- File Size: 3771 KB
- Print Length: 598 pages
- Page Numbers Source ISBN: 0996264817
- Simultaneous Device Usage: Unlimited
- Publisher: Madison Street Publishing (September 27, 2015)
- Publication Date: September 27, 2015
- Sold by: Amazon Digital Services LLC
- Language: English
- ASIN: B015X0V2Y4
- Text-to-Speech: Enabled
- Word Wise: Enabled
- Lending: Enabled
- Amazon Best Sellers Rank: #818,979 Paid in Kindle Store (See Top 100 Paid in Kindle Store)
|Print List Price:||$20.95|
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Castles, Customs, and Kings: True Tales by English Historical Fiction Authors (CC&K Book 2) Kindle Edition
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It's written by a large group of English Historical fiction writers and it's built to be The Book of Actual Historical facts used to build their books. It's a delightful book of historical fact but together by the creame de la crem' of the British historical book writers. Beautiful bound to last a life time of daily use by other devoted writers and readers. If you like this as !much as I do be sure to add on their first book to your list as well. These are extra special books!
I admit to having not read all of them yet ~ I'd read loads, then had a quick look and discovered I was only at 28%, so after that I dipped in and out, depending on the subject of the article. There's so much to choose from: tales of conquests, information about the life of the common person of the time (I loved the mediaeval ones), to discussion ~ who was the most evil, Richard III or Henry Tudor? Some have more information than others, some are of speciality interest and others more general; if you're a history addict like me, it's a must-buy!
As with all anthologies the quality of the articles varied, but every single one was well put together and worthy of inclusion. I liked those by Rosanne Lortz, Judith Arnopp, Debra Brown, Katherine Ashe and one of my favourite authors, Deborah Swift (click link for my reviews of her books), best, along with a few others; they were the names that sprang immediately to mind.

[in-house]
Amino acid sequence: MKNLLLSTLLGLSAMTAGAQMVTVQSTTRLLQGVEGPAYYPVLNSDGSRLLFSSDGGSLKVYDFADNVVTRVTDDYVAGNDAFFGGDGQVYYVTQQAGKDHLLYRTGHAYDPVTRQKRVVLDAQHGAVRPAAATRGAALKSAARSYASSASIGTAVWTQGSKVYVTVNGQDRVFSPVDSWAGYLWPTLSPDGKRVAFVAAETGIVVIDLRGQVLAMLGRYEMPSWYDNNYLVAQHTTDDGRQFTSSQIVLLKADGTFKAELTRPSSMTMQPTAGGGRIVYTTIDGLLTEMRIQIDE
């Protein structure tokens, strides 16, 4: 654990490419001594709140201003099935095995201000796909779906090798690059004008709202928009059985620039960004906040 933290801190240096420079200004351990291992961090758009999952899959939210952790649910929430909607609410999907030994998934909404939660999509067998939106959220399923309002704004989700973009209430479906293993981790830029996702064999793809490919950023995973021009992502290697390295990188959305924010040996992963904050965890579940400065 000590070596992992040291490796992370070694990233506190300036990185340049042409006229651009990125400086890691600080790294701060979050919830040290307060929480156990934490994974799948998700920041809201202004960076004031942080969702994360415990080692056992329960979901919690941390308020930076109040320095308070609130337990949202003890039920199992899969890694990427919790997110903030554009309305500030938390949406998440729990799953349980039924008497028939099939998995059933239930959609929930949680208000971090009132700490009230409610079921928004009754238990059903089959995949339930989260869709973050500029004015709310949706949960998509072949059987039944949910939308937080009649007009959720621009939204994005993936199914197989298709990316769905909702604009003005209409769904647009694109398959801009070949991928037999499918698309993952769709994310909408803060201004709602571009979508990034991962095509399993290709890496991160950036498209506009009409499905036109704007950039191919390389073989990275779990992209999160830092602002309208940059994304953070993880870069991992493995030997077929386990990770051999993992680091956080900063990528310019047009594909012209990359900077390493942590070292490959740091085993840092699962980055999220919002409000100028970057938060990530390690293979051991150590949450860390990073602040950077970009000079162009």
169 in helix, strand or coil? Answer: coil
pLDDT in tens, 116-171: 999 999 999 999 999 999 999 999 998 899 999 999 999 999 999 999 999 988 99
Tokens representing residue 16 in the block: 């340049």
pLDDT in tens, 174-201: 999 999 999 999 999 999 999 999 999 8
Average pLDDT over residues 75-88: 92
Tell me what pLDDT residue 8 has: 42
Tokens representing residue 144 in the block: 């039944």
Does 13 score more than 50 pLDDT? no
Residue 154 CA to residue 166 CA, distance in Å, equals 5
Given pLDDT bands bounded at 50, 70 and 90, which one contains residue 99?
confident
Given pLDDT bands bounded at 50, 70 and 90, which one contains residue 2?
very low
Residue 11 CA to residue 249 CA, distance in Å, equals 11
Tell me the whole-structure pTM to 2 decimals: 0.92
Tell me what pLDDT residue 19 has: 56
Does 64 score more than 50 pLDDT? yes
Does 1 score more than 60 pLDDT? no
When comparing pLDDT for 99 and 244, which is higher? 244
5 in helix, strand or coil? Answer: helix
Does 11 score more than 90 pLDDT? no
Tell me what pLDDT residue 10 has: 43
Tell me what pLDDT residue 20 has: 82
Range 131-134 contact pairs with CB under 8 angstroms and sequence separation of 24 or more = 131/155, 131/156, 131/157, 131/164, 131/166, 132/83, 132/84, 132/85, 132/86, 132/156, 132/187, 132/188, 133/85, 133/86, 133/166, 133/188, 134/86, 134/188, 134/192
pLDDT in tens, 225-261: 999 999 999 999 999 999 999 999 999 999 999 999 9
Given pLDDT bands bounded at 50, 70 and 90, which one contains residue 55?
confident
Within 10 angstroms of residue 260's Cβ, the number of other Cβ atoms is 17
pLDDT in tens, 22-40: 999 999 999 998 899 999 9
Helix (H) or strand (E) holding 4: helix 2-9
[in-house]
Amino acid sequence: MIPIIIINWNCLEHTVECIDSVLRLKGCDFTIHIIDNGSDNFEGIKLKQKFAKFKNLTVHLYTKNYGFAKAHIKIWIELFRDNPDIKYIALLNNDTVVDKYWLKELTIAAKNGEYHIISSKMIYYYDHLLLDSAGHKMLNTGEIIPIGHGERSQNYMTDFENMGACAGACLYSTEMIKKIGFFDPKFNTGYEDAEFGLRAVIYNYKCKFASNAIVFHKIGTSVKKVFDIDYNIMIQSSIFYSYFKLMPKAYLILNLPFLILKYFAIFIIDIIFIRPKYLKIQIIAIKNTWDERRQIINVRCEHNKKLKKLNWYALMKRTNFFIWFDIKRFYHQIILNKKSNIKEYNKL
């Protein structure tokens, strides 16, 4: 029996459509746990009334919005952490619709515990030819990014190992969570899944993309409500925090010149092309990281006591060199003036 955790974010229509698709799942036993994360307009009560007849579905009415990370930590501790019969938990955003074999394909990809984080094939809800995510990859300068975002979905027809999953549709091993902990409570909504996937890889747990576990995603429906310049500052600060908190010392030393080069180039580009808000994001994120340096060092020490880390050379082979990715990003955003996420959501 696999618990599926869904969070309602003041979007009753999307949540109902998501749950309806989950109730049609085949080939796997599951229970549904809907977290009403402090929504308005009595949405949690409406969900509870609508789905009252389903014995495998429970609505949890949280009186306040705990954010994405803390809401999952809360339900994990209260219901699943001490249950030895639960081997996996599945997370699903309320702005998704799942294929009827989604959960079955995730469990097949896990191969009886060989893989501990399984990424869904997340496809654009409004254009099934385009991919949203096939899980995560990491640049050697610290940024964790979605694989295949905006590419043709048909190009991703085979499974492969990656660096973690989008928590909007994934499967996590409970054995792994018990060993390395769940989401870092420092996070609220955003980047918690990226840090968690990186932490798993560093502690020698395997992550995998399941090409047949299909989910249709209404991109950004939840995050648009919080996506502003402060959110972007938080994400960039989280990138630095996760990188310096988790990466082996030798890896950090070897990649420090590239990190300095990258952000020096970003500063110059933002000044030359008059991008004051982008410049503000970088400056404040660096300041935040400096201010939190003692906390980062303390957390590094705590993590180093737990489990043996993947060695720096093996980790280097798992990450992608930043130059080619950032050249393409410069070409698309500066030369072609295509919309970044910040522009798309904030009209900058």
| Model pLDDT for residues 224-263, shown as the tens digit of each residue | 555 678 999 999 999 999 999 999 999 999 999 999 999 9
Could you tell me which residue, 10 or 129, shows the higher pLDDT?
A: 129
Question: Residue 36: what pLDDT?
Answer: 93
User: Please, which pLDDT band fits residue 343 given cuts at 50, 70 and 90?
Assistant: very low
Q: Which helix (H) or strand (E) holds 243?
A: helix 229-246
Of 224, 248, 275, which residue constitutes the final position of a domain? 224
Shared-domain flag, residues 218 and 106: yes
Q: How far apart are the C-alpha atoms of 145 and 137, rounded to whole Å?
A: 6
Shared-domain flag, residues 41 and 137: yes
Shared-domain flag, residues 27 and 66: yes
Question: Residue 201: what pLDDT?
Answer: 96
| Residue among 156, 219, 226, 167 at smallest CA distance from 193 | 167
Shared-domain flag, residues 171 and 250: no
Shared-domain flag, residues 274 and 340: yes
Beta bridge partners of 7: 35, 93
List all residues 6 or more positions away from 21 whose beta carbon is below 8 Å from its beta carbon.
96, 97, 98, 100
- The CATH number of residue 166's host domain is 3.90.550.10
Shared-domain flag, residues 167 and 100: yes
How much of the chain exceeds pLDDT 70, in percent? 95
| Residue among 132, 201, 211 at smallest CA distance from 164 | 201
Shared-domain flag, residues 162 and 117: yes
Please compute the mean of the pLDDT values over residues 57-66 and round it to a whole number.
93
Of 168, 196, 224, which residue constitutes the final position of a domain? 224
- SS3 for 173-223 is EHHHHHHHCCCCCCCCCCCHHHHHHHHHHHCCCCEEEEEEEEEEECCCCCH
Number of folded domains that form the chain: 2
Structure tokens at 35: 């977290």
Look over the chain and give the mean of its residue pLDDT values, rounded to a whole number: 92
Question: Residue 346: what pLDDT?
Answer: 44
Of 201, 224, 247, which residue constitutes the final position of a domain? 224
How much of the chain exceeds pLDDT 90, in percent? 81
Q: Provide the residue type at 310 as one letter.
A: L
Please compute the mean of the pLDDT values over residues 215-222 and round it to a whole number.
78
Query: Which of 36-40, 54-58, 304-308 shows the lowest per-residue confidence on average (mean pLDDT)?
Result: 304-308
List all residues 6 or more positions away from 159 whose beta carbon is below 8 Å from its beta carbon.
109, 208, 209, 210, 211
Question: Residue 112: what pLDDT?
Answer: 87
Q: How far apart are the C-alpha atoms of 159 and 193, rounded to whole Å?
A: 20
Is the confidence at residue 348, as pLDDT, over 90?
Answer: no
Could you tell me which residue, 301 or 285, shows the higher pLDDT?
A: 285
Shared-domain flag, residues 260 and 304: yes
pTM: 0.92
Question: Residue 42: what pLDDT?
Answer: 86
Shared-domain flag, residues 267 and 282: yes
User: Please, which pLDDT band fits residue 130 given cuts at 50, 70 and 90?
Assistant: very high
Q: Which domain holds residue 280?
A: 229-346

I read the first part on a long train journey, and noted down pieces I'd particularly liked: one about Athelstan, another on William Wallace by Rosanne Lortz, the Monarchy series by Debra Brown, Judith Arnopp's William II and Stephen and Matilda, all of Katherine Ashe's (trying to read my scribble here!), and I also loved the foreward, 'Falling in love with England and its history', by Stephanie Cowell.
There was only one aspect on which I was not so keen, which was the plugging of the authors' books in some of the articles. I think an Amazon link to the relevant book at the end of the article would have been a better idea, less intrusive and possibly more effective. There is a list of novels by each author at the front, too, for reference.
This is really a terrific book to keep for reference, or just to dip into now and again when you fancy reading something short; I know I will be reading more of it in days to come, and probably looking at my favourite articles over again. I liked that some of the articles named their sources, too, as this is so useful for anyone who is doing research.
The essays are absorbing and played right into my inquisitive, history loving mind in all the right ways and offer a wealth of knowledge on all various sorts of British history. Many are delightful, some sad, some useful, some funny, many adventurous, and all fascinating. It’s easy to be swept away into lands far in time and place and to want to keep heading into the next essay after completing a former. The voices of these particular authors are very strong and captivating.